2012's Most Surprising Games

The Walking Dead Screenshot - 1122529

With the gaming year about to come to a close, we can't help but look back at some of the more astonishing titles that have come out over the last 12 months.  Sure, there have been a fair share of stinkers (Medal of Honor: Warfighter is obviously in that pack), but the truth is, we've seen some really cool stuff that has changed the way we play in certain aspects.

But what were the biggest shockers of the bunch?  Some of these might even surprise you.  Here's a look at 2012's biggest shockers.  If you haven't played them yet…really, what are you waiting for?!

XCOM

 

X-COM: Enemy Unknown (2K Games)

When the original X-COM game that was announced last year had taken a back seat in development (it's now rumored for a 2013 release), 2K Games called upon Firaxis to fill the gap with their own traditional offering in the series, one that would relate back to the classic style of play where it first got its start.  But who knew that it would make such a difference in today's gaming scene?

Enemy Unknown is one of the year's best underdogs in games, mainly because of how well-adapted its play style is (it's strategic, but action packed and filled with plenty of thrilling scenarios) and how it really made you feel involved in each battle.  What's more, crucial decisions had to be made at every turn, with one country receiving support from your team while others were left hanging – though temporarily – and leaving themselves exposed to a possible alien takeover.

The tone was just about perfect for this game, and the ability to manage your team and equip them with new tech at a home base hub is really something else.  Multiplayer's not bad either, for what it is.

If you're in the mood for a classic alien invasion or a different kind of strategy/action title, XCOM is the way to go.  And who knows, maybe it'll even overshadow the big budget game that 2K initially announced.  It's certainly looking that way.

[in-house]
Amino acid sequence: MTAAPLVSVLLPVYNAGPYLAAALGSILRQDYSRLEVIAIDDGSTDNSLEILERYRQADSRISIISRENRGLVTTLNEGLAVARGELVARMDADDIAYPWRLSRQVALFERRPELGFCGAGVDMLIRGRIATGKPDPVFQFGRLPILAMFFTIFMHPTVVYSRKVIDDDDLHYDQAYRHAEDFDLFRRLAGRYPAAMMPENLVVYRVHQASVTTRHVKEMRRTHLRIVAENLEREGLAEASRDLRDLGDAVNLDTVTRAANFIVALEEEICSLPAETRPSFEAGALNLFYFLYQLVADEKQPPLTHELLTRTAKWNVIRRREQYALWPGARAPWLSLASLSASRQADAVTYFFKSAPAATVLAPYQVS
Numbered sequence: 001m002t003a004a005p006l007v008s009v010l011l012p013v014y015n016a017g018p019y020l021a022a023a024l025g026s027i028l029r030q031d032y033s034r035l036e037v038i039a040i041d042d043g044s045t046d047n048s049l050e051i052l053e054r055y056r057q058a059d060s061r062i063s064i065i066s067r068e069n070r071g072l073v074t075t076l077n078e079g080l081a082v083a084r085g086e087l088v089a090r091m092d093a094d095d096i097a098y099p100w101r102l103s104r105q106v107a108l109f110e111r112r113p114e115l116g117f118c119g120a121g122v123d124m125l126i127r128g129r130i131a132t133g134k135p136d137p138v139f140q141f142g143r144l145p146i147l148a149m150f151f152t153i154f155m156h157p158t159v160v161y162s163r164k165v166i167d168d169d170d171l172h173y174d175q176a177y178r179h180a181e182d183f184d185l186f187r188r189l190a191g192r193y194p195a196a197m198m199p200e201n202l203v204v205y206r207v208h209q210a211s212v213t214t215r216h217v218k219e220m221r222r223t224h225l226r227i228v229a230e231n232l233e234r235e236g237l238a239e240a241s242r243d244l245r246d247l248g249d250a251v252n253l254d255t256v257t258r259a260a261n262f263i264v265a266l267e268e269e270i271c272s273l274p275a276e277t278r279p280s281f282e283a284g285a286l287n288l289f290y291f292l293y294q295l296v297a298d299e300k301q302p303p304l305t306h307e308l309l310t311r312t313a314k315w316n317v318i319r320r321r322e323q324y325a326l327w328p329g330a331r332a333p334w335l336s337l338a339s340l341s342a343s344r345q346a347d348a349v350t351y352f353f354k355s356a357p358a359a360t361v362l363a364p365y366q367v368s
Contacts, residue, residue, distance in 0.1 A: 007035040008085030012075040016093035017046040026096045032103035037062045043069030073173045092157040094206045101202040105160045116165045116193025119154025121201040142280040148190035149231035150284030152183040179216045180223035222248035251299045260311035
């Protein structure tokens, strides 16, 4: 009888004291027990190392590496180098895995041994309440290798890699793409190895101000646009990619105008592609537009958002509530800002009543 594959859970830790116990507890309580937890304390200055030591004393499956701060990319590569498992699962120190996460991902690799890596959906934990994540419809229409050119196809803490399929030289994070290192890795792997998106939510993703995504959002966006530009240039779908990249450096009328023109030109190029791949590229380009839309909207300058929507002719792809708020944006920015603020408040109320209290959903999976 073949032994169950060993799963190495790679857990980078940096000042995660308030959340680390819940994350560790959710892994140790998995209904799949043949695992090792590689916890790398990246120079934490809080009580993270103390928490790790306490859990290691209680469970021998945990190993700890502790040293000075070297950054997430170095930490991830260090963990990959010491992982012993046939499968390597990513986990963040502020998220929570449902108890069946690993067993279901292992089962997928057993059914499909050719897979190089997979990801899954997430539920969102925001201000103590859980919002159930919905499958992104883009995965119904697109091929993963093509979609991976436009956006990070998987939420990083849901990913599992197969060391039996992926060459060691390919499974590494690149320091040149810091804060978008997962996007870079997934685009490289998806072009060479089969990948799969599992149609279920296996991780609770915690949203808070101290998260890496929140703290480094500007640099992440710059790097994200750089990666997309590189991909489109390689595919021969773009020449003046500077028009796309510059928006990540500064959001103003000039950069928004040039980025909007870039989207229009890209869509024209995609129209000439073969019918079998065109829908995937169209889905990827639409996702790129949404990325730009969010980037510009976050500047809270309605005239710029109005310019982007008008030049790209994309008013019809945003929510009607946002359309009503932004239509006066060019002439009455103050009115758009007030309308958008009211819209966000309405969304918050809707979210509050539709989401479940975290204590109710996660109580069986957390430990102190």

Sleeping

 

Sleeping Dogs (Square Enix)

Originally conceived as the next game in Activision's True Crime series, this tour-de-force action title was unceremoniously canned and laid to rest before it even had a chance to succeed.  Fortunately, Square Enix felt it was worth saving and resurrected it as Sleeping Dogs, featuring a similar set-up – undercover cop brawling his way through a Triad world – but with a story that went its own way.

Some folks were worried that it wouldn't live up to the hype, but United Front Games delivered on every accord.  Sleeping Dogs oozed all sorts of style, from its crazy car chases to its free-flowing combat (nothing beats slamming someone's head into an air conditioner) to its Hard Boiled-inspired gunplay.  And the graphics look great as well, especially for a "cancelled" title.

Sleeping Dogs is living proof that no project – no matter how overpriced or lost in development – should simply be scuttled away.  Salvaging it and tweaking it could make all the difference into creating something awesome.  Because that's exactly what these Dogs have become.

FTL